Living Architecture at U of T
Living in a densely populated city like Toronto, it’s hard to believe that hidden within the buildings and backyards there are green roofs, walls and outdoor spaces that not only improve the environment but mental and physical health too.
The downtown campus at U of T is home to a number of these spaces, referred to by alumnus Jonathan Silver as ‘living architecture.’ On a crisp October evening, Silver, joined by the campus Sustainability Office, took 20 people on a 10-stop tour he created to explore these spaces.
“People need to experience green roofs and walls first-hand to understand why they're good for our health, environment and communities,” Silver said, adding that, as people are exposed to these benefits, he hopes they’ll push for more living architecture in their city.
Living architecture offers a wide range of environmental and health benefits Silver said. Green roofs help with rainwater management by providing a permeable structure to absorb rain water, directing it away from overflowing sewers. They’re also great for pollinators because they increase vegetative space in the city; an otherwise lifeless concrete footprint can become a hotspot for pollinators if the right flowers are planted.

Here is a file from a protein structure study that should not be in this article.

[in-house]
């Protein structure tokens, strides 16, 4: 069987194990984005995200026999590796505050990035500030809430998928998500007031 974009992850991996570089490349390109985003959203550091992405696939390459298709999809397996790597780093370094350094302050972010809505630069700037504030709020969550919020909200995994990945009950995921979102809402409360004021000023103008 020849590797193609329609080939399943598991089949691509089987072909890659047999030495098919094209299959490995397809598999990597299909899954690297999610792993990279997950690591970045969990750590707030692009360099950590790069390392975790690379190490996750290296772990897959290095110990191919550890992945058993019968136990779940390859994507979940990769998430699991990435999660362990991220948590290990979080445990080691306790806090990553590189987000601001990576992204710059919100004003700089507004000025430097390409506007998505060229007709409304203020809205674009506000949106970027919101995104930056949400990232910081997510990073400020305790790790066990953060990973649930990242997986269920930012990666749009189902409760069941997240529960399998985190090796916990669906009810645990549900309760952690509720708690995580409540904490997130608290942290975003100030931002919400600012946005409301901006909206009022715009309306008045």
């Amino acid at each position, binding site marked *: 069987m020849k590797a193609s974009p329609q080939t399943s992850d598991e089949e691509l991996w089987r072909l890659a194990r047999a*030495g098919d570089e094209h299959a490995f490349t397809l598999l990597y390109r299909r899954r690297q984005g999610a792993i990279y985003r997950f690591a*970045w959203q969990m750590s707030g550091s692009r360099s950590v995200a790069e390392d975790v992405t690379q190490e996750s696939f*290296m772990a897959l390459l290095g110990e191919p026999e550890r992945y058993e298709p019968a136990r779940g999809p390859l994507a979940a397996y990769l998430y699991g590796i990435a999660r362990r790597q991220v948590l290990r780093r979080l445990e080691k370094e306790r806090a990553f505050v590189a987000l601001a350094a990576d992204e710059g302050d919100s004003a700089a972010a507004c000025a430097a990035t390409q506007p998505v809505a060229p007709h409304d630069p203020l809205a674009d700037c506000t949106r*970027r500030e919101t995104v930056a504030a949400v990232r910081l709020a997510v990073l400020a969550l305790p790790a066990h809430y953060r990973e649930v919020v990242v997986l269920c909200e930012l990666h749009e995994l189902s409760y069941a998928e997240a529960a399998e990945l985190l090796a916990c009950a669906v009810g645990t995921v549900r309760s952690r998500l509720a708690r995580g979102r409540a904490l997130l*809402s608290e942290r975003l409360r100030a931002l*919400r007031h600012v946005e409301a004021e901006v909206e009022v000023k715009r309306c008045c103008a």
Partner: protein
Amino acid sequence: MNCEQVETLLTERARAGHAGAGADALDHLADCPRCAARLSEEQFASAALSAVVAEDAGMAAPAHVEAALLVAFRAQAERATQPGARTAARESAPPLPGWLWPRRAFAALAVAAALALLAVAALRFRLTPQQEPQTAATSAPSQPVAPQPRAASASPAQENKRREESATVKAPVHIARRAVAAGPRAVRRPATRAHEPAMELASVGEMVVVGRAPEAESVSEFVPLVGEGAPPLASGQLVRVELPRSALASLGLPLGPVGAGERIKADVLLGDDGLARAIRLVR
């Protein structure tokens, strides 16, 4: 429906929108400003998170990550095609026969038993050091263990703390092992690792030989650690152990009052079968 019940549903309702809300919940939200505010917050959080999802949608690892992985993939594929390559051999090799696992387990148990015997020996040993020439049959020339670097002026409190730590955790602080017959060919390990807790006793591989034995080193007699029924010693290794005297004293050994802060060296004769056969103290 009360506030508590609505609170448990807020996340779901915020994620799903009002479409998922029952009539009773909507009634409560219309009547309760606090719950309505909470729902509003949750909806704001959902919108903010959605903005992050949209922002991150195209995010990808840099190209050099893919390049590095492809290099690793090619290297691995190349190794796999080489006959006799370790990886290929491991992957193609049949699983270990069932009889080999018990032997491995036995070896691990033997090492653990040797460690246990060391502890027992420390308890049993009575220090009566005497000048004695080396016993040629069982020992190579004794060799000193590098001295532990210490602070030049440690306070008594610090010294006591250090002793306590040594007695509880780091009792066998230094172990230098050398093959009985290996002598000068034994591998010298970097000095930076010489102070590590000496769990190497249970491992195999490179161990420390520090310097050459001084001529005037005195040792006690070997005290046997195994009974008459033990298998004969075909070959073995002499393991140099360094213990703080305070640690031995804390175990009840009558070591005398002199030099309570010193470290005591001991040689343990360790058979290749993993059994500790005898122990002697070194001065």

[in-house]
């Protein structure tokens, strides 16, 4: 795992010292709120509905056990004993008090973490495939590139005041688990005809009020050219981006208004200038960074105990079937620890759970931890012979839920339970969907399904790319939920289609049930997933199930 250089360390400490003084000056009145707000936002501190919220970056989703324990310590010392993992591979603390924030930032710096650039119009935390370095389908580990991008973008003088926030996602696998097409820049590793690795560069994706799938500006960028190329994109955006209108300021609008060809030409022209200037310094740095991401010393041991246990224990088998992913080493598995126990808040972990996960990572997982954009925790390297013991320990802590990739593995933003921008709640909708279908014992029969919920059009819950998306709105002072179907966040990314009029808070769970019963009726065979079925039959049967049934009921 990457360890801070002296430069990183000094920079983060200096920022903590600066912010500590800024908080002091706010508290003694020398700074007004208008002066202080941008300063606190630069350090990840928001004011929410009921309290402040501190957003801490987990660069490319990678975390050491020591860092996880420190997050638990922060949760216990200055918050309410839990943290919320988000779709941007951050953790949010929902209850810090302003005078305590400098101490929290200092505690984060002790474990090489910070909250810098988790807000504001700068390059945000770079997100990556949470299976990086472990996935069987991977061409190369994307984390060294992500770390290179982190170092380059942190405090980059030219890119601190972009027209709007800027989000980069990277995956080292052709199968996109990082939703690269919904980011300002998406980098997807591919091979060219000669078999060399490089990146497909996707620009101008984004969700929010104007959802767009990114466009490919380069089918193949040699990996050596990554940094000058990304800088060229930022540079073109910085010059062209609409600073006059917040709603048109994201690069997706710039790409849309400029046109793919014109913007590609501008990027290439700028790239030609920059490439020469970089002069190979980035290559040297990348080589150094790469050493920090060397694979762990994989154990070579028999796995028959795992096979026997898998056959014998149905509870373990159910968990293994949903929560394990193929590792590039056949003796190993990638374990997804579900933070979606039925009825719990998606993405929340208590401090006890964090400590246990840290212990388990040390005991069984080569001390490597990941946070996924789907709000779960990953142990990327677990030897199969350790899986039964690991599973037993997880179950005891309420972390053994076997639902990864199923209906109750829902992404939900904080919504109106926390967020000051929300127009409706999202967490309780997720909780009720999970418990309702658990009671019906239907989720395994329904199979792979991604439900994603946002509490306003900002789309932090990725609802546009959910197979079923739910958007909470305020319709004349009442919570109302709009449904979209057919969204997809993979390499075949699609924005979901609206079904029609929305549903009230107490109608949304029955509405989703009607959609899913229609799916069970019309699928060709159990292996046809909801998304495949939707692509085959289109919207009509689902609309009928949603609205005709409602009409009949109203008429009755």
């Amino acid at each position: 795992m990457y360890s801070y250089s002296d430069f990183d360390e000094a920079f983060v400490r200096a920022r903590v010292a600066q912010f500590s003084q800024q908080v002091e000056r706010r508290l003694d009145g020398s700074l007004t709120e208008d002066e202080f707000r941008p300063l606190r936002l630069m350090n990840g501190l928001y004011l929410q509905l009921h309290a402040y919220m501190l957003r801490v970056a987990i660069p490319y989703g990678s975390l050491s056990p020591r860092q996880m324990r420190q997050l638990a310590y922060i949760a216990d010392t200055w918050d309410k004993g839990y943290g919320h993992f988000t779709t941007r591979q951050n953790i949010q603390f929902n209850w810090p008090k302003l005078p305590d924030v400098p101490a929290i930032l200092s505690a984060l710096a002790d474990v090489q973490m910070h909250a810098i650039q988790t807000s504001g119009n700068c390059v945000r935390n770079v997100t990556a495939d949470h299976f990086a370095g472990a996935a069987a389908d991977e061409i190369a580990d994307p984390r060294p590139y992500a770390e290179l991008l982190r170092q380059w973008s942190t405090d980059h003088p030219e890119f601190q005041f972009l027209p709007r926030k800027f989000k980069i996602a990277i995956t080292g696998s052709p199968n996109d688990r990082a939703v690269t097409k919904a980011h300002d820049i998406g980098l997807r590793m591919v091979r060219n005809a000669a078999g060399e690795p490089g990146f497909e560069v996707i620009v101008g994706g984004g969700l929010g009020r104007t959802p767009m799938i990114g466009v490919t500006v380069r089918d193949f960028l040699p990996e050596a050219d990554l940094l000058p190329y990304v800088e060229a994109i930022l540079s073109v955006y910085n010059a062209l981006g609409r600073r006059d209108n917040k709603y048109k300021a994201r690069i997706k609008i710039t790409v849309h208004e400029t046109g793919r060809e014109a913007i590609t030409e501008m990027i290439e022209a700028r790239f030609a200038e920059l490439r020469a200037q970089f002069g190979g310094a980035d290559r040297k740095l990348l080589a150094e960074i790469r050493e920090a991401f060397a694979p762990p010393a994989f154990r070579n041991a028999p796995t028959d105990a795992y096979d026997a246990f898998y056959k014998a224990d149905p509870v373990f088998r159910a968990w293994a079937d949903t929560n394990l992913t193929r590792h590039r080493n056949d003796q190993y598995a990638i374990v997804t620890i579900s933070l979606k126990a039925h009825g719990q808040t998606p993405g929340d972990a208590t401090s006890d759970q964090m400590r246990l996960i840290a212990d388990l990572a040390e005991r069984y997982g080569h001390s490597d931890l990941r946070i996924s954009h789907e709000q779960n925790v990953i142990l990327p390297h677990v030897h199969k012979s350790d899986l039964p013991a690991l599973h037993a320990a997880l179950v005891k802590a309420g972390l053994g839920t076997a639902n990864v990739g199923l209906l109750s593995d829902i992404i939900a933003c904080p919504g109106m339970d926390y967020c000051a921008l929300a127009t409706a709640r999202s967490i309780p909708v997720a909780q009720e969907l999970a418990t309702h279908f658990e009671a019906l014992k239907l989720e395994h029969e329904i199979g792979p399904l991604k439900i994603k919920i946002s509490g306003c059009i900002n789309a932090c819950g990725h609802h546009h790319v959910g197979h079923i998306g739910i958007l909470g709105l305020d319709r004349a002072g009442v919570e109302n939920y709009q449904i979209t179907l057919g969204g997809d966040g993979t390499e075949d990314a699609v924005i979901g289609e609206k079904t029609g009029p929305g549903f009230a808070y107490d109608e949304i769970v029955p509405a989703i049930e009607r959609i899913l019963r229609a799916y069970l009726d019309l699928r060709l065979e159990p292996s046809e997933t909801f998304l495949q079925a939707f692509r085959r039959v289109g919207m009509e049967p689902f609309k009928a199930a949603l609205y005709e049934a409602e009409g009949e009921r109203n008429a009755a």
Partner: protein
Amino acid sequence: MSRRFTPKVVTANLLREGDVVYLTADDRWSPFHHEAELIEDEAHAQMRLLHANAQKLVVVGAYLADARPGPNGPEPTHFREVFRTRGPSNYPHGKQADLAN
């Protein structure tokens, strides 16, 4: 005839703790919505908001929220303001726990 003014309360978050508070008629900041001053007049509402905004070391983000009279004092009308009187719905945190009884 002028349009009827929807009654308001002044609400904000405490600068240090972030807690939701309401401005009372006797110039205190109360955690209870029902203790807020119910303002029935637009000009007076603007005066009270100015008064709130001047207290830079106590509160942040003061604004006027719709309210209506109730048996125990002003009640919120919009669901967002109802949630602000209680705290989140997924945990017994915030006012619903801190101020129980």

Along with a green roof, a rain garden and a scenic trail, tour attendees were introduced to the living walls at the Exam Centre and the Multi-Faith Centre. Canadians are estimated to spend upwards of 90 per cent of their time indoors, and people on the tour were curious to hear what health benefits these walls provide. Both walls are biological systems whose main function is to improve air quality. They help filter out volatile organic compounds – chemicals found in homes and offices that can lead to short-term and long-term health problems.
Beyond improving air quality, living walls provide a restorative environment for dwellers. You’ll experience this at the bamboo garden in the Donnelly Centre (above, right), or in the many green spaces in and around campus, like Queens Park Crescent and Philosopher’s Walk.
Being near green and naturalized spaces is shown to enhance worker productivity, lower stress levels and contribute enhanced mental well-being.
Veronica Badali, a fourth-year student, remarked while standing in front of the living wall at the Exam Centre, “incorporating green spaces like this into buildings creates a place where you can escape the stress and commotion on campus – especially in the colder months! It’s amazing that U of T pays attention to those details.”
Curious to explore living architecture? Find a free map of green spaces in Toronto, including many at U of T.
Jess Dawe is a writer with the Sustainability Office of the downtown Toronto campus at the University of Toronto.